iOS Code Signing: Part 1, Getting Started
iOS Code Signing: Part 1, Getting Started
iOS code signing can be pretty mystifying. In this series, you'll learn why it's so important to understand its inner workings and walk through the process.
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This is Part 1 of the iOS Code Signing tutorial series. This series covers fundamentals of the iOS code signing process.
Genuinely, iOS devices only run apps that have been signed by trusted developers, unless you have jailbroken iOS devices. If you are an iOS engineer, you must have battled with code signing at some point. Code signing is one of the painful and cumbersome tasks for iOS developers, but they cannot run away from code signing activities. Code signing and provisioning profiles have been an ongoing annoyance and will continue to be until developers completely understand the basics of code signing. This is an introductory post explaining the code signing process with its benefits and limitations.
About This Series
Code signing of iOS apps is one of the hot topics for every iOS developer. Although there are multiple resources available online, as well as Apple's clean documentation on the code signing process, it's still a mystery. In this series, we will try to understand the code signing process from scratch, including what's needed for code signing, to the actual code signing process itself. We will also explore the GUI, as well as command line methods of doing things whenever applicable. We will start with Certificate Signing Requests to get an iOS Development certificate, then we will cover the certificate and it's internal parts. After understanding the certificates, we will do a deep dive into the provisioning profiles and finally, we will understand the code signing process.
This series is written in my own words after doing some research on the web and Apple's documentation. I have covered all these reference material in the final post. I have also attached some screenshots from the Apple Developer portal and Xcode so that readers can understand the concepts. I tried to hide all the sensitive content, but if there is something exposed by mistake, please don't hack me!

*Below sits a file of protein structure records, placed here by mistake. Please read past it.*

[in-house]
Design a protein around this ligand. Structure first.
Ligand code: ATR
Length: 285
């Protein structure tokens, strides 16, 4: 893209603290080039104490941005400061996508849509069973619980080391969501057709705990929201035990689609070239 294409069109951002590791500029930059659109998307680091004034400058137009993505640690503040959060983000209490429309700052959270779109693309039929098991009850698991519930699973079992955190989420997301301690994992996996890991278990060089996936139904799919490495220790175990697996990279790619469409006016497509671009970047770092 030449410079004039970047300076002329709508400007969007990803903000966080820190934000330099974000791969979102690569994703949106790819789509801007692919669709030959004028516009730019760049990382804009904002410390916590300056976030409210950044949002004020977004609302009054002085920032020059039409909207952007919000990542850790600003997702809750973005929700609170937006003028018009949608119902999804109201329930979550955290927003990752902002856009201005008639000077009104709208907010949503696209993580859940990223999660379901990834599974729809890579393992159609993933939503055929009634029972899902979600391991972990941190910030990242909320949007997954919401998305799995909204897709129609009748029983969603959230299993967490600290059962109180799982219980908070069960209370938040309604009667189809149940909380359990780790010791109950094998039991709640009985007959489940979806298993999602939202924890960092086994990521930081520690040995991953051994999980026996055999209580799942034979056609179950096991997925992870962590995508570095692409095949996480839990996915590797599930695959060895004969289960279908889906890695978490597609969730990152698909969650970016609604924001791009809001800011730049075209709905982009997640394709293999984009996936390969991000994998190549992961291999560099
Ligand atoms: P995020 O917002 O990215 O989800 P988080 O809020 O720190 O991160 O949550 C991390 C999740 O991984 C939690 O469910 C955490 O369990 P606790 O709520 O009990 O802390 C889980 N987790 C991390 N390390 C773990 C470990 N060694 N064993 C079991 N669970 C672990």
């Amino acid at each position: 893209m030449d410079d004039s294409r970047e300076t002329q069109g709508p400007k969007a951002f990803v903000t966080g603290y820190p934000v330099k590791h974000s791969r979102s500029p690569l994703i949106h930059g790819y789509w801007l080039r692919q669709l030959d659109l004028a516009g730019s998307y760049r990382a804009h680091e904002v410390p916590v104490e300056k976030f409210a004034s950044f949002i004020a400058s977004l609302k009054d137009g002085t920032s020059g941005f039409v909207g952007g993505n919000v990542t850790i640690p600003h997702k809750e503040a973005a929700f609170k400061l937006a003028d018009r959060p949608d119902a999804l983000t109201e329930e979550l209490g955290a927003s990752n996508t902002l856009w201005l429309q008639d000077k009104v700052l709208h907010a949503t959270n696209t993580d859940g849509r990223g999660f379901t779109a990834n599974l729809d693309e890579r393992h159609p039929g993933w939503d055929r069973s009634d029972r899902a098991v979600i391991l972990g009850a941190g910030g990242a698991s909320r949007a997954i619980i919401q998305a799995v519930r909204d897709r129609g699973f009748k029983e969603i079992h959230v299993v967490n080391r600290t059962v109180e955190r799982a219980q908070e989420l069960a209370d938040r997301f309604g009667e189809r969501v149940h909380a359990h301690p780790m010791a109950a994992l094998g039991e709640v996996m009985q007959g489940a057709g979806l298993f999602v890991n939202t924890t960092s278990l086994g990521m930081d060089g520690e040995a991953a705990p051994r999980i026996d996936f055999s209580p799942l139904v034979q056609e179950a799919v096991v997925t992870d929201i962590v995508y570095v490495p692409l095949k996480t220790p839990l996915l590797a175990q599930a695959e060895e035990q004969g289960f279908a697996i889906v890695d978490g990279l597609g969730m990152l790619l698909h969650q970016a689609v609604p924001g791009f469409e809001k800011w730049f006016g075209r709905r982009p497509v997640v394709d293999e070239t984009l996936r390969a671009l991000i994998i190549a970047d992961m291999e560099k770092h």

Before we jump into Apple's way of code signing iOS apps, let's explore what code signing is in general. In real life, we sign different contracts, agreements for various things. Why do we sign those contracts? What does a signature mean to us and why is it important? It's simple because signing contracts protect us legally and we trust that the terms and conditions in the contracts cannot be altered whilst the contract is in place. The signature also ensures the security that the contract comes from trusted authorities and not from scammers. Signing contracts gives us security, safety, and trust.
Similarly, code signing is the process of digitally signing any form of code to confirm who wrote the code and guarantee that code has not been changed or corrupted when it was signed. The code signing uses a cryptographic hash to verify authenticity and integrity of the software code. In the software world, code signing ensures the identity of the author, integrity of the code, build system and versioning so that users of the software feel secure and safe while using them. Code signing uses various security terms like a public key, private key, certificates, digital signatures etc. There are different approaches to code signing used on the different platforms e.g. Linux, Windows, macOS.
iOS Code Signing
Apple supposedly has very powerful security mechanisms apart from a few recent glitches that you might have read in the news. It's very hard for black-hat hackers to break this mechanism. Apple also uses a strong code signing mechanism to provide security, integrity, and safety for iOS apps downloaded from the Apple App Store. Most of the time, iOS code signing seems to be magic that happens under the hood. If it works, everyone is happy, and if it doesn't, everyone panics. Most iOS engineers have no clue what happens under the hood when the apps they write are being signed. In recent days, Apple tried to make code signing less painful by introducing the Automatic Signing feature in Xcode so that code signing activities don't interrupt the main development flow. Code signing on the Apple platform relies on public-key cryptography on the X.509 standard. We will discuss all these tools and techniques later in this series.